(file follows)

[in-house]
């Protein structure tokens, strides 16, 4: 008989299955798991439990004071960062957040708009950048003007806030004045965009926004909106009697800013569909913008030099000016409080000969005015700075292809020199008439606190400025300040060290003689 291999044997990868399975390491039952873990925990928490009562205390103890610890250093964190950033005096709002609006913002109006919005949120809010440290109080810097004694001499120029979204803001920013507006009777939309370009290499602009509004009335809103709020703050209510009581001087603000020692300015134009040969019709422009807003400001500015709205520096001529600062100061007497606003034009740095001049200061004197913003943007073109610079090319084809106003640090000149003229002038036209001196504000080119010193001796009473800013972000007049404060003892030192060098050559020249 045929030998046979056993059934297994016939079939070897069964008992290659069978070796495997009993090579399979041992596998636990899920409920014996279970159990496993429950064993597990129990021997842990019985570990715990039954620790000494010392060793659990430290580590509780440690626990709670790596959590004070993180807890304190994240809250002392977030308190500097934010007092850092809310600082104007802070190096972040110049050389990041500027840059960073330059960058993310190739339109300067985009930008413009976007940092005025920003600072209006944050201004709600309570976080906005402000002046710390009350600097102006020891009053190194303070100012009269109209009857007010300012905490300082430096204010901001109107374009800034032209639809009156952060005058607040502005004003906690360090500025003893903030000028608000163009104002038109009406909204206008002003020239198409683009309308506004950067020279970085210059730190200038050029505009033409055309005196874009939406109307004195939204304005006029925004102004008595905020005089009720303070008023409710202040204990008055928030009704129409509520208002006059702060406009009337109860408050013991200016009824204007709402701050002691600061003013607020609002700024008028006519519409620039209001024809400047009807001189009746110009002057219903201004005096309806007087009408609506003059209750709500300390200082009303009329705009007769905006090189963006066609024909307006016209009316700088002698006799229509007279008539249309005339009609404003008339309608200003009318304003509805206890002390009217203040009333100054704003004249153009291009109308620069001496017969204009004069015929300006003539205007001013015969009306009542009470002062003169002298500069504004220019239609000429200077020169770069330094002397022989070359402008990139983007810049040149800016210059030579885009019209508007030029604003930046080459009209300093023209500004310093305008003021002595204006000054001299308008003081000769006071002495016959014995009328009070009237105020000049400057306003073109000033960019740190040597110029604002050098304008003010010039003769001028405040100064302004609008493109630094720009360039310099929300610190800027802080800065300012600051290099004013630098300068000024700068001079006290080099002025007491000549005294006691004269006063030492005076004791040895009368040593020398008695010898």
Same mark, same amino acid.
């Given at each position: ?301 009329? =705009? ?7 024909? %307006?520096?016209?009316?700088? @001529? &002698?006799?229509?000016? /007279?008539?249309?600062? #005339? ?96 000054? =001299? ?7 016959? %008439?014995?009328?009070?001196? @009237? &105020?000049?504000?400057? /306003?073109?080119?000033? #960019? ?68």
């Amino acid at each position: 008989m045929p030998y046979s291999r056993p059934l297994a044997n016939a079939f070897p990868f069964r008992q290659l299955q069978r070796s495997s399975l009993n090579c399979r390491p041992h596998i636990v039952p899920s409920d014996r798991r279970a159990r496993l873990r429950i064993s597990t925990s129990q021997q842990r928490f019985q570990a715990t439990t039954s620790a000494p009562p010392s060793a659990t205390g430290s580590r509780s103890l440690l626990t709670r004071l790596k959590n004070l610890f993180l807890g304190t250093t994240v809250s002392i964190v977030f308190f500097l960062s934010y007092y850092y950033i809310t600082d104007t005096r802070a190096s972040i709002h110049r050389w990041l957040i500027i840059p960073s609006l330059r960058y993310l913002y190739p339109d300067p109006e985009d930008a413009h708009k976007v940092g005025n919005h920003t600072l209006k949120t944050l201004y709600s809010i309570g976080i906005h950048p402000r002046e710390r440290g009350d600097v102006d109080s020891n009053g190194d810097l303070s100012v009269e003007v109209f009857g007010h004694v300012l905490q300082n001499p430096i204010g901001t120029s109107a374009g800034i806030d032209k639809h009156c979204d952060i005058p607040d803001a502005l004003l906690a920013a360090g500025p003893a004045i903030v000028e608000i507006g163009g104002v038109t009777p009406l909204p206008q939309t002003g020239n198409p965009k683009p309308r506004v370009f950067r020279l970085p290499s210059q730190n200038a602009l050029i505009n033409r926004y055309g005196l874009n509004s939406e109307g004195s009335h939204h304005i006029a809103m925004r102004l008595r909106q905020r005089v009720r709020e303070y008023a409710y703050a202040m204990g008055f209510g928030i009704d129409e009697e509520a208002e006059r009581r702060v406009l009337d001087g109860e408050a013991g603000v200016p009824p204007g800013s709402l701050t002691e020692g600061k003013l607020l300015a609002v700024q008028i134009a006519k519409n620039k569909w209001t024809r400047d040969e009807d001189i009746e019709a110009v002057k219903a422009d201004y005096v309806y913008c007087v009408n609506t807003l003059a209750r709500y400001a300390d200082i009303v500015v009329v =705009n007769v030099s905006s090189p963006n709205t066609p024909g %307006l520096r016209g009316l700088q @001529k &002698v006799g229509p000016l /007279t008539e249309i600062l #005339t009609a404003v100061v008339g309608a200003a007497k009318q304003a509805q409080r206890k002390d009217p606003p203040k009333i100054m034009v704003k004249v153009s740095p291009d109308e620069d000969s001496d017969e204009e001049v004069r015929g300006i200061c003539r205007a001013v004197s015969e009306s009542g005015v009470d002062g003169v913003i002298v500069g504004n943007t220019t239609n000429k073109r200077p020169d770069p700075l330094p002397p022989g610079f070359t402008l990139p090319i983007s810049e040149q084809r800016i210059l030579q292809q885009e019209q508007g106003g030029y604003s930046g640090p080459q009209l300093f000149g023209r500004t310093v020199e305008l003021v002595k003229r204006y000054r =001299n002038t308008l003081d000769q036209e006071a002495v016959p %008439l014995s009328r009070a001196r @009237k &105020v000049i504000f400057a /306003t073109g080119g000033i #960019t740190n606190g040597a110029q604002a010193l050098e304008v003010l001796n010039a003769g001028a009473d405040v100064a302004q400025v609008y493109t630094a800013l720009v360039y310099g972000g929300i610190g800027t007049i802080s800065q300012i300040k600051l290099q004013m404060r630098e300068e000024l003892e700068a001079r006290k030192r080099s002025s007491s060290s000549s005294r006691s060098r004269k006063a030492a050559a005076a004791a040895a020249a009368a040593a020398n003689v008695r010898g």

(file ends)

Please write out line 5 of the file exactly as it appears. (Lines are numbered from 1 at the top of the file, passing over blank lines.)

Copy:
């Amino acid at each position: 008989m045929p030998y046979s291999r056993p059934l297994a044997n016939a079939f070897p990868f069964r008992q290659l299955q069978r070796s495997s399975l009993n090579c399979r390491p041992h596998i636990v039952p899920s409920d014996r798991r279970a159990r496993l873990r429950i064993s597990t925990s129990q021997q842990r928490f019985q570990a715990t439990t039954s620790a000494p009562p010392s060793a659990t205390g430290s580590r509780s103890l440690l626990t709670r004071l790596k959590n004070l610890f993180l807890g304190t250093t994240v809250s002392i964190v977030f308190f500097l960062s934010y007092y850092y950033i809310t600082d104007t005096r802070a190096s972040i709002h110049r050389w990041l957040i500027i840059p960073s609006l330059r960058y993310l913002y190739p339109d300067p109006e985009d930008a413009h708009k976007v940092g005025n919005h920003t600072l209006k949120t944050l201004y709600s809010i309570g976080i906005h950048p402000r002046e710390r440290g009350d600097v102006d109080s020891n009053g190194d810097l303070s100012v009269e003007v109209f009857g007010h004694v300012l905490q300082n001499p430096i204010g901001t120029s109107a374009g800034i806030d032209k639809h009156c979204d952060i005058p607040d803001a502005l004003l906690a920013a360090g500025p003893a004045i903030v000028e608000i507006g163009g104002v038109t009777p009406l909204p206008q939309t002003g020239n198409p965009k683009p309308r506004v370009f950067r020279l970085p290499s210059q730190n200038a602009l050029i505009n033409r926004y055309g005196l874009n509004s939406e109307g004195s009335h939204h304005i006029a809103m925004r102004l008595r909106q905020r005089v009720r709020e303070y008023a409710y703050a202040m204990g008055f209510g928030i009704d129409e009697e509520a208002e006059r009581r702060v406009l009337d001087g109860e408050a013991g603000v200016p009824p204007g800013s709402l701050t002691e020692g600061k003013l607020l300015a609002v700024q008028i134009a006519k519409n620039k569909w209001t024809r400047d040969e009807d001189i009746e019709a110009v002057k219903a422009d201004y005096v309806y913008c007087v009408n609506t807003l003059a209750r709500y400001a300390d200082i009303v500015v009329v =705009n007769v030099s905006s090189p963006n709205t066609p024909g %307006l520096r016209g009316l700088q @001529k &002698v006799g229509p000016l /007279t008539e249309i600062l #005339t009609a404003v100061v008339g309608a200003a007497k009318q304003a509805q409080r206890k002390d009217p606003p203040k009333i100054m034009v704003k004249v153009s740095p291009d109308e620069d000969s001496d017969e204009e001049v004069r015929g300006i200061c003539r205007a001013v004197s015969e009306s009542g005015v009470d002062g003169v913003i002298v500069g504004n943007t220019t239609n000429k073109r200077p020169d770069p700075l330094p002397p022989g610079f070359t402008l990139p090319i983007s810049e040149q084809r800016i210059l030579q292809q885009e019209q508007g106003g030029y604003s930046g640090p080459q009209l300093f000149g023209r500004t310093v020199e305008l003021v002595k003229r204006y000054r =001299n002038t308008l003081d000769q036209e006071a002495v016959p %008439l014995s009328r009070a001196r @009237k &105020v000049i504000f400057a /306003t073109g080119g000033i #960019t740190n606190g040597a110029q604002a010193l050098e304008v003010l001796n010039a003769g001028a009473d405040v100064a302004q400025v609008y493109t630094a800013l720009v360039y310099g972000g929300i610190g800027t007049i802080s800065q300012i300040k600051l290099q004013m404060r630098e300068e000024l003892e700068a001079r006290k030192r080099s002025s007491s060290s000549s005294r006691s060098r004269k006063a030492a050559a005076a004791a040895a020249a009368a040593a020398n003689v008695r010898g």